The Madras High Court has suspended the ban on the sale of online medicines after a group of epharmacy companies had filed an appeal on Wednesday requesting for a stay on the court’s order asking online pharmacies to shut down operations by December 20, 2018 and the Centre to notify regulations for companies by January 31, 2019.
The order, which was issued on Thursday afternoon, comes as a respite for epharmacy companies who are still reeling from the impact of the Delhi High Court order from last week which issued an all-India ban on the online sale of medicines.
“We are extremely happy with the Madras High Court order suspending the ban on online sale of medicines. This ruling validates our commitment of providing affordable and accessible medicines to customers across the country. As a fully licensed pharmacy, Netmeds.com is committed to adhering to all the guidelines and standards as prescribed under the Drugs and Cosmetic Act of 1940, ” said Pradeep Dadha, Founder and CEO, Netmeds
Incidentally also on Thursday, a division bench of the Delhi High Court led by its Chief Justice, Justice Rajendra Menon extended its interim order banning the online sale of medicines through epharmacies till January 8, 2019.
Earlier in October, the Madras High Court had issued a country-wide interim stay order on online pharmacies and last week it had reserved its verdict after the final hearing in a similar case. The order had raised alarm among private equity funds that have invested nearly $42.3 Mn (INR 300 Cr) in them.
However the court had also urged the government to pass the draft regulations for e-pharmacies passed by Drug Technical Advisory Body in September.
The Indian epharmacy market growth is fuelled by the rise in the number of Indians suffering from chronic clinical indications such as diabetes, hypertension, asthma and obesity, leading to an increased demand for therapeutics, according to an Indian epharmacy market report.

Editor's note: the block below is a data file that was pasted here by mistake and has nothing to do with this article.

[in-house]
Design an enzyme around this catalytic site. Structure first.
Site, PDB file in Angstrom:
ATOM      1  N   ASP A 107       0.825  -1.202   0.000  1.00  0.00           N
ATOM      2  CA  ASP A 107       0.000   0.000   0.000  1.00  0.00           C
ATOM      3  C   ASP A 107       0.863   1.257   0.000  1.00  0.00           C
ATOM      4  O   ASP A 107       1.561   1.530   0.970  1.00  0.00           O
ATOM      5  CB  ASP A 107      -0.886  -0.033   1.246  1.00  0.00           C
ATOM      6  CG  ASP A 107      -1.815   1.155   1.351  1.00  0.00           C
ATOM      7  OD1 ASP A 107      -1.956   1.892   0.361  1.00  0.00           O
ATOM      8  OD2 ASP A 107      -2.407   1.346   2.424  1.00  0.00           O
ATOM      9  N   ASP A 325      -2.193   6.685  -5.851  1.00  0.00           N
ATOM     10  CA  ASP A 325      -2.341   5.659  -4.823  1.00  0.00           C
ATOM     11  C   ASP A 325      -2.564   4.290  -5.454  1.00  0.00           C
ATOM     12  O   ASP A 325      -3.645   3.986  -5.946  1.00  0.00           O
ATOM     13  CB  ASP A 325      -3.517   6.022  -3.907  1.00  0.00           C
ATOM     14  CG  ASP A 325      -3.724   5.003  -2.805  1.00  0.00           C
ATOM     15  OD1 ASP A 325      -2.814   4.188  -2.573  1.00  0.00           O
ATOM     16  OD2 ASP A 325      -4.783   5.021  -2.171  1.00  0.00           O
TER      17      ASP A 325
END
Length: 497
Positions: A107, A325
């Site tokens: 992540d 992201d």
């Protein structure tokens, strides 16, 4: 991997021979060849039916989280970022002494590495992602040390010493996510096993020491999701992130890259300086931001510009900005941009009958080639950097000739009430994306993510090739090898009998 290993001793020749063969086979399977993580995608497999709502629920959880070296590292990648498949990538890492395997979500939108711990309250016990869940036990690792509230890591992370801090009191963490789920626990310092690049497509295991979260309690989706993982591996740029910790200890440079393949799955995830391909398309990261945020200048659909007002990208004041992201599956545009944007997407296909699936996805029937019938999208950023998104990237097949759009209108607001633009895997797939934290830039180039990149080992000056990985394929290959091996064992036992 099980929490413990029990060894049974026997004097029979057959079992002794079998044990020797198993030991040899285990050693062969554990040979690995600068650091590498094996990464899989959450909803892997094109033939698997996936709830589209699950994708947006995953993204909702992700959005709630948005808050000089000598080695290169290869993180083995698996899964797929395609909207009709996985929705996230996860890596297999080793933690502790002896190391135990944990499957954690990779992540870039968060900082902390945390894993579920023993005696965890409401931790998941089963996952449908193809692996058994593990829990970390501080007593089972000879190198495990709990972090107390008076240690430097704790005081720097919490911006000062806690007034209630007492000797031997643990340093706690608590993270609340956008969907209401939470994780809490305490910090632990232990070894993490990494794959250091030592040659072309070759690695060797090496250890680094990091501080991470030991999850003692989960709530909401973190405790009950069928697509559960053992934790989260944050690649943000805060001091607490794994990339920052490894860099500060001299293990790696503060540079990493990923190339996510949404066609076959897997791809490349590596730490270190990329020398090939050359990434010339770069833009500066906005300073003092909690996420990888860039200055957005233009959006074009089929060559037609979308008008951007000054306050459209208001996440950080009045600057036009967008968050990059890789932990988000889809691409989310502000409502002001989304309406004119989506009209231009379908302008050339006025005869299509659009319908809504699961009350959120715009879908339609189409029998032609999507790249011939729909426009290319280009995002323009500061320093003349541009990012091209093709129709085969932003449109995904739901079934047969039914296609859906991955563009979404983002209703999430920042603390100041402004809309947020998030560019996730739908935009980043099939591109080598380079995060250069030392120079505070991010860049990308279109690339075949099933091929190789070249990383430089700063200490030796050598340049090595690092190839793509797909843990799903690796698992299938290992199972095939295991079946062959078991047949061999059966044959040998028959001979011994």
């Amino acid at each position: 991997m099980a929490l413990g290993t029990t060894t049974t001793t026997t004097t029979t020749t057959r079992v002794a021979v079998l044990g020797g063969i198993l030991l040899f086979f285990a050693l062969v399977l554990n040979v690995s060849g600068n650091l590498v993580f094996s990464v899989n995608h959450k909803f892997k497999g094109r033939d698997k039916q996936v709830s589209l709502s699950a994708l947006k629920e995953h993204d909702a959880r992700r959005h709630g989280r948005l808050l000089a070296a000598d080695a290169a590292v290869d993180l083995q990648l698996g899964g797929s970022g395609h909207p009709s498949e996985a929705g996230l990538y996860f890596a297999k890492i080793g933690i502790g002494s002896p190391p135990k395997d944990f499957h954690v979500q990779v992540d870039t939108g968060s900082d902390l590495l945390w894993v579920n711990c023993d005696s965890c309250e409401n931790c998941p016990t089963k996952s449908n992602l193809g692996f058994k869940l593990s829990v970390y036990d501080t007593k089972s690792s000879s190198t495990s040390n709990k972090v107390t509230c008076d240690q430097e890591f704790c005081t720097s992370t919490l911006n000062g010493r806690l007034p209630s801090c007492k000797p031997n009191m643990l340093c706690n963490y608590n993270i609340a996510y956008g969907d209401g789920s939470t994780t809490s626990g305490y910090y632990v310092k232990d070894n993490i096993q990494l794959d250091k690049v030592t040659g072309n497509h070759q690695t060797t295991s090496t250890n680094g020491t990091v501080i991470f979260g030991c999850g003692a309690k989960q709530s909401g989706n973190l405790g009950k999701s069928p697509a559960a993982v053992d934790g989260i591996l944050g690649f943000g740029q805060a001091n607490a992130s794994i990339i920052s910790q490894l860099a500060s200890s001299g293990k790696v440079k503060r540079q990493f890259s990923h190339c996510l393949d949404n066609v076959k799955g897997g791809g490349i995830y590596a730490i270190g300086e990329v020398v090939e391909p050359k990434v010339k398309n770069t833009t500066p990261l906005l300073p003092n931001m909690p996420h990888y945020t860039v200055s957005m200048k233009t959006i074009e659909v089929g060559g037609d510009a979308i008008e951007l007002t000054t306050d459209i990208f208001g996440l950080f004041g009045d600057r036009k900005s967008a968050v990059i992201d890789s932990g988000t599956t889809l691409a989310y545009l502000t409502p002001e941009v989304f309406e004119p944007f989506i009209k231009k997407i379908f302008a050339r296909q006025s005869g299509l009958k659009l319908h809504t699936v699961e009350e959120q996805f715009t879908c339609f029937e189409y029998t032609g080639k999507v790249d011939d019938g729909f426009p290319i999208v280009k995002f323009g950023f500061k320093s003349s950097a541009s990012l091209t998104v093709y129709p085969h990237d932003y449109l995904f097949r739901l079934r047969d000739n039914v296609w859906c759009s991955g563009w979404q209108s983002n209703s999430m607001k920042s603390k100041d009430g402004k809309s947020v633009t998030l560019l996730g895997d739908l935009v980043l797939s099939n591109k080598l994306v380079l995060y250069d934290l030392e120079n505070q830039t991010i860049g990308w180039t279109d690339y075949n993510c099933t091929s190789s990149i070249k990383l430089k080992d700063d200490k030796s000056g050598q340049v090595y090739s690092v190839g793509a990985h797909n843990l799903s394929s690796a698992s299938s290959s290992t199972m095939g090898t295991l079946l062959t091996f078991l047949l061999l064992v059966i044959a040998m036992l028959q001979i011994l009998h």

Currently, India has over 850,000 independent pharmacy retail stores that are able to meet only 60% of the total domestic therapeutic demand and online pharmacy contribute to only 1% of the total therapeutic sales.
This new development comes just a week after Delhi High Court had issued an all-India ban on the online sale of medicines. Passing the order, Delhi High Court noted (purportedly) that the online sale itself is illegal as it’s not in accordance with the Act.
Speaking earlier to Inc42, Nakul Mohta, who had filed the petition seeking a ban on epharmacies on the behalf of Dr Ahmed in the Delhi High Court, said: “Our petition is primarily against the government. We are not targeting epharma companies. The petition has been filed by a doctor and we are saying that the government will have to ensure that medicine must not be sold through unregulated channels. Currently, it is not permissible in the Drugs and Cosmetics Act 1940 and allied Acts to sell drugs online. It’s a criminal offence.”
A long legal battle seems to be ensuing between epharmacy companies, doctors and the government. This can be considerably resolved soon if the government reviews and passes the draft regulations for epharmacy companies.